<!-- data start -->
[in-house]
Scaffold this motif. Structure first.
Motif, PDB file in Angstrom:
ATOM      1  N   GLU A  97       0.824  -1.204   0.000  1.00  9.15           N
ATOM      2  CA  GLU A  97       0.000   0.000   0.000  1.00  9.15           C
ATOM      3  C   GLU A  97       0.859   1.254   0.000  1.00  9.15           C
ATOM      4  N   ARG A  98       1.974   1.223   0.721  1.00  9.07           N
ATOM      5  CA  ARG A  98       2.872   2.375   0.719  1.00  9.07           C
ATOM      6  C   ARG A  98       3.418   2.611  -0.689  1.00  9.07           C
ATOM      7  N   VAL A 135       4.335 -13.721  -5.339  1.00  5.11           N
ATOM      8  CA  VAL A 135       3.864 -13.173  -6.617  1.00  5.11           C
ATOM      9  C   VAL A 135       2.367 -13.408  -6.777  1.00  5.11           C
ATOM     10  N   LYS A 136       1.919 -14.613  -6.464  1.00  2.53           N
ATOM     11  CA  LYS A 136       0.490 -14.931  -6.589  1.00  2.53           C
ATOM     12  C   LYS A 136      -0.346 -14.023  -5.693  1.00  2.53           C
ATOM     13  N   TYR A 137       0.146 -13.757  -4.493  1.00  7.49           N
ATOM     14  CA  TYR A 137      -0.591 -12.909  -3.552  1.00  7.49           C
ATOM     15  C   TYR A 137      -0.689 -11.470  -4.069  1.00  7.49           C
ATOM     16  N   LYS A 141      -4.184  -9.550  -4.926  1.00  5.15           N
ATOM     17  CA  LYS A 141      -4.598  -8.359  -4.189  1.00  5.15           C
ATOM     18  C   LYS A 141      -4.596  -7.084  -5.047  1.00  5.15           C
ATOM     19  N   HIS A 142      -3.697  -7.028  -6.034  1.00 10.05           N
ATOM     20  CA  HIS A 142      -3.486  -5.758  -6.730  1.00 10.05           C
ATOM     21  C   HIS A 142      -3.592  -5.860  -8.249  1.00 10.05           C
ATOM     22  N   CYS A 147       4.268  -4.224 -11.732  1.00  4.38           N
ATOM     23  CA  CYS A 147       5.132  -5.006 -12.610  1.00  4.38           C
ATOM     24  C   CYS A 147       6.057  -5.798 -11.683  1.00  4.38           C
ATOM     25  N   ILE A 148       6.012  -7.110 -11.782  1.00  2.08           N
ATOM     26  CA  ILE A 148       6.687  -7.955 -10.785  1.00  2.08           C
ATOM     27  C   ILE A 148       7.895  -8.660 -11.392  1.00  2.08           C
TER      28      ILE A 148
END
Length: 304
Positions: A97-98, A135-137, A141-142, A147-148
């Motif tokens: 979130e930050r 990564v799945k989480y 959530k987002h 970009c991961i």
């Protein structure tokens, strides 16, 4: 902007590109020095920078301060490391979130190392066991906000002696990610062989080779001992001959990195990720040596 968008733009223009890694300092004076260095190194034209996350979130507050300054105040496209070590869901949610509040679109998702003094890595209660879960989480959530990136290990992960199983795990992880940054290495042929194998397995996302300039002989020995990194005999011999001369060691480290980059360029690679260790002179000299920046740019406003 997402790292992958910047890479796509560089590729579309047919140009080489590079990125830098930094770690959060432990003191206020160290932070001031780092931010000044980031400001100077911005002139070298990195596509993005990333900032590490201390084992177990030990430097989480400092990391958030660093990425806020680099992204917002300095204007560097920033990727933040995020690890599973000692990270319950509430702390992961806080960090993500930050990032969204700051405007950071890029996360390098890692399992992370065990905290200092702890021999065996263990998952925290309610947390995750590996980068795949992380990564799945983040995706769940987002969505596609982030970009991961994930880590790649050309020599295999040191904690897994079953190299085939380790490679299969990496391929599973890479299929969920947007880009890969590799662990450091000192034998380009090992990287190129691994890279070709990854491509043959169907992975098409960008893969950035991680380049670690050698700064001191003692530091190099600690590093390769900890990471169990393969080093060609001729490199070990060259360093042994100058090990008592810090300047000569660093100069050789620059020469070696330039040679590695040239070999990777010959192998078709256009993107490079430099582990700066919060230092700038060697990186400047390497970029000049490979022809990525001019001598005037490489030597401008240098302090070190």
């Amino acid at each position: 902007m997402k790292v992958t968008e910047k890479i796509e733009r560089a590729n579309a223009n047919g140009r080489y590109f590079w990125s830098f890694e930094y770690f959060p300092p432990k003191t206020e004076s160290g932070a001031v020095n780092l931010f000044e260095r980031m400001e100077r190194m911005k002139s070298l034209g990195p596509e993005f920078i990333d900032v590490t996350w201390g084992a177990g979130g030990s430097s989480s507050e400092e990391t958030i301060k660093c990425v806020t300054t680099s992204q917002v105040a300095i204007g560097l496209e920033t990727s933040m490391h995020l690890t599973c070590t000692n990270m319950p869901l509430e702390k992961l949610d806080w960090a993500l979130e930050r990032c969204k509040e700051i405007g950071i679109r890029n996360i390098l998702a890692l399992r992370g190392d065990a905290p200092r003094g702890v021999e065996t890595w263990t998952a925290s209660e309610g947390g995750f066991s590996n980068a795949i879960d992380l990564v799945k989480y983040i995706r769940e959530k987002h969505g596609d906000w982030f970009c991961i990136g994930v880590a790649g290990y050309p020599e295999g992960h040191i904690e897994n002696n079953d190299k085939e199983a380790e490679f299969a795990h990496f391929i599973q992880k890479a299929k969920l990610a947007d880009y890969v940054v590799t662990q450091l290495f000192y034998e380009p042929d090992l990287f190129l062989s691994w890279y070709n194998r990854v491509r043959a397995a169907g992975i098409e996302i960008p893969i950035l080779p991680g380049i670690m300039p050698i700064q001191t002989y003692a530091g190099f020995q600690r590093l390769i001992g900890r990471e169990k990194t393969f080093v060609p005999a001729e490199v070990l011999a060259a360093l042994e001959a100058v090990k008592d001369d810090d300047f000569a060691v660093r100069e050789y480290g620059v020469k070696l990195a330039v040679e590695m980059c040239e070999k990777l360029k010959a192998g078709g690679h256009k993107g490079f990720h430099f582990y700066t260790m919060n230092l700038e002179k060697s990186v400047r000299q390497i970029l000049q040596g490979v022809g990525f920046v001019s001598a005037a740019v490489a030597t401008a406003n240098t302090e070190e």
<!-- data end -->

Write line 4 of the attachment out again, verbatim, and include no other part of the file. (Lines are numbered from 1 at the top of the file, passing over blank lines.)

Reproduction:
ATOM      1  N   GLU A  97       0.824  -1.204   0.000  1.00  9.15           N